- Compare your average to the Hope Average to provide a rough idea of students’ perceptions for these dimensions relative to other courses. [Please see the following of why we should be cautious in interpreting comparisons to the Hope Average.]
- Decide whether you want to make instructional changes based on students’ perceptions on any of these dimensions. If so, you can follow the cycle for making instructional changes and assessing their effectiveness.
- The goal of these efforts is to communicate with students more effectively about these important dimensions of your course.
Be Cautious when Comparing Your Averages to the Hope Average
Comparisons to an overall average can provide useful information. Health professionals use this type of comparison to determine if an individual is overweight or if their cholesterol level is too high. Holland was identified as a “happier than average” community based on a comparison to a national average. The Hope Average also provides a comparative value for interpreting your averages for the items on SALT. An instructor whose averages on the SALT items are above the Hope Average may feel “happier” than the average instructor. You need to be cautious, however, when you make these comparisons, especially when your average for an item is below the Hope Average and your class size is small (< 30).
The Hope Average is based on literally thousands of students’ ratings but most students respond similarly and so a large number of students report ratings near to the Hope Average. The end result of this lack of variability in students’ responses is that a small difference between your average and the Hope Average can make a big difference. For example, being at the 60th percentile rather than at the 30th percentile suggests a substantial difference, but those two percentiles may reflect only a relatively small difference between your average and the Hope Average. For example, the Hope Average is 3.36 for “Speak effectively,” but an average of 2.95 is the 30th percentile and a 3.68 is the 60th percentile. Be attentive to the absolute size of the difference between your average and the Hope Average when you make that comparison.
Comparing the averages for the SALT items to the Hope Average is also affected by the relatively small samples on which the averages are based. The enrollments in many of our classes are around 30 or fewer students. With such small samples the estimate of the average can be affected by the ratings of only a few students. The impact of an individual student’s rating differs depending on whether the student assigns a relatively low rating or a relatively high rating for an item.
The potential impact of individual ratings on the average for a SALT item can be illustrated with the results from a course that one of our colleagues taught in Spring 2010 with 18 students. The data are for the SALT item, “Presented material in a clear and organized manner.”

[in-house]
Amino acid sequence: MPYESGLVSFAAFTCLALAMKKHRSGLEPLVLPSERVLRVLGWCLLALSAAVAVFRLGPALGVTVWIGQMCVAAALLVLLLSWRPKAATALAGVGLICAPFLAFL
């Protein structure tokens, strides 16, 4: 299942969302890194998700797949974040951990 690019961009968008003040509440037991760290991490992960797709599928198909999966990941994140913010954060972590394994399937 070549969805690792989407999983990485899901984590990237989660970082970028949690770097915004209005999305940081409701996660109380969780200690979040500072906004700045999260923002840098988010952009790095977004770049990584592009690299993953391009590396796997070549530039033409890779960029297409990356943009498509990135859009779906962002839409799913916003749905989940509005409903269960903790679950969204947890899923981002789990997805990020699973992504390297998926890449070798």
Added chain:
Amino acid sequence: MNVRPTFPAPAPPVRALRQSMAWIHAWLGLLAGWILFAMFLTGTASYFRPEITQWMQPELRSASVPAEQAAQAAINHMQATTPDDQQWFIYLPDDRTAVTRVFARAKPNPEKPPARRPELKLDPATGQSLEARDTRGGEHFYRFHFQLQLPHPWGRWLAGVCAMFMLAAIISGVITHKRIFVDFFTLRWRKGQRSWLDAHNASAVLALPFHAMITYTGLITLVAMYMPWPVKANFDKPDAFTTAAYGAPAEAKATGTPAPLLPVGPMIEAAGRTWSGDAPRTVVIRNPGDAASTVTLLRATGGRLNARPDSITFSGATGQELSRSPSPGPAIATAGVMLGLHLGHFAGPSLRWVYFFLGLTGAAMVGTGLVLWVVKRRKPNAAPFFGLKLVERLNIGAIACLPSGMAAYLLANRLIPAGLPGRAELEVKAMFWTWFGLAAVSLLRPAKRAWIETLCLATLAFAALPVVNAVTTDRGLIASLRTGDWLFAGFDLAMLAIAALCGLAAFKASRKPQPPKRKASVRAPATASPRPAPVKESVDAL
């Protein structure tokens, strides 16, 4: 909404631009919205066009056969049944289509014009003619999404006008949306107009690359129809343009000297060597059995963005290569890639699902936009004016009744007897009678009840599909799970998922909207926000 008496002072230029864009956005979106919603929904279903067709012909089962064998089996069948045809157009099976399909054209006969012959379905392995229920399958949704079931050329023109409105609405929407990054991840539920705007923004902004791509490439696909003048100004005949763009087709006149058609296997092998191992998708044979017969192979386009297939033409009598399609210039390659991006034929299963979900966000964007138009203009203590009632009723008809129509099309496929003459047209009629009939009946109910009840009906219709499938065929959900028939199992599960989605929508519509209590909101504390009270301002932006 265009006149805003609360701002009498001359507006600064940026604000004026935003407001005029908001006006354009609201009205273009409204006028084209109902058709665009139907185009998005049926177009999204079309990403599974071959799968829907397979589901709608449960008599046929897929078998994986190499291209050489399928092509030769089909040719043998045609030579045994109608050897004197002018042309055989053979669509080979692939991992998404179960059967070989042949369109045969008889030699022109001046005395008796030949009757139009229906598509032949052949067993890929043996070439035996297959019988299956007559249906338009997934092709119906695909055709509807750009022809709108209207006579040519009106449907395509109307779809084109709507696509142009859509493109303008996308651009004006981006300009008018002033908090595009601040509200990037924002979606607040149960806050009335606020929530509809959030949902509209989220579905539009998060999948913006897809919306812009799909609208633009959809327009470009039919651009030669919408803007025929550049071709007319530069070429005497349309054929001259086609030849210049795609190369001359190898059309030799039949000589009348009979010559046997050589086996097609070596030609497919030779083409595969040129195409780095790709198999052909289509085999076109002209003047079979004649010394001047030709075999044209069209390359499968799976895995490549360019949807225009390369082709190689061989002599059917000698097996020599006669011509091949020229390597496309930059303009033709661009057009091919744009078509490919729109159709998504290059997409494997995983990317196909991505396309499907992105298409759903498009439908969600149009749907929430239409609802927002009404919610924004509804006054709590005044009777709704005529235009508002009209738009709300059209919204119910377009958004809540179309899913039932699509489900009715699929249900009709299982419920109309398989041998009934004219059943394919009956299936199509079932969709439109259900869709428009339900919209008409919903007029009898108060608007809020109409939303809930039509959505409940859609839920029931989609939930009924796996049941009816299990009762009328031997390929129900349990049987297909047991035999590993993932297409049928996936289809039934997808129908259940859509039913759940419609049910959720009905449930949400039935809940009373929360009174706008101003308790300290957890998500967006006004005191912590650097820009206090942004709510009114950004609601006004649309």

- The frequency distribution was: SA(14); A(3); Neutral(1); D(1); SD(0)
- The average for this item was 4.58 [Hope Average = 4.08]
- What happens when you drop lower ratings from the distribution?
- When the rating for the one student with a Disagree response was dropped, the average changed from 4.58 to 4.72.
- When the ratings for the one student with a Disagree response and the one with a Neutral response were dropped, the average changed from 4.58 to 4.82.
- What happens when you drop higher ratings from the distribution?
- When the rating for one of the students with a Strongly Agree response was dropped, the average changed from 4.58 to 4.56
- When the ratings for two of the students with Strongly Agree responses were dropped, the average changed from 4.58 to 4.53
Comparisons of your individual average to the Hope Average are most informative when the estimate of your individual average is stable. As the previous example illustrates, individual ratings at the lower end of the distribution can have a fairly large impact on the average for a SALT item. This potential impact indicates that the average may not be as stable as it could be. The possibility that the average for a SALT item may not be stable is one good reason to be cautious when comparing your average to the Hope Average. When making comparisons to the Hope Average it is important to look carefully at the frequency distribution for the SALT item before interpreting any difference between your average and the Hope Average. This is especially important with smaller enrollments (e.g., < 30).
The importance of looking carefully at the frequency distribution is illustrated by another example from two sections of the same course that one of our colleagues taught in Spring 2010. The data are for the SALT item “"Understand as I read/listen/view.” This was a primary objective for the course (Hope Average = 3.96).
The frequency distributions for the two classes were:
Section 1: Great Deal (2), Quite a bit (7), Somewhat (10), Little bit (1), Not at all (0)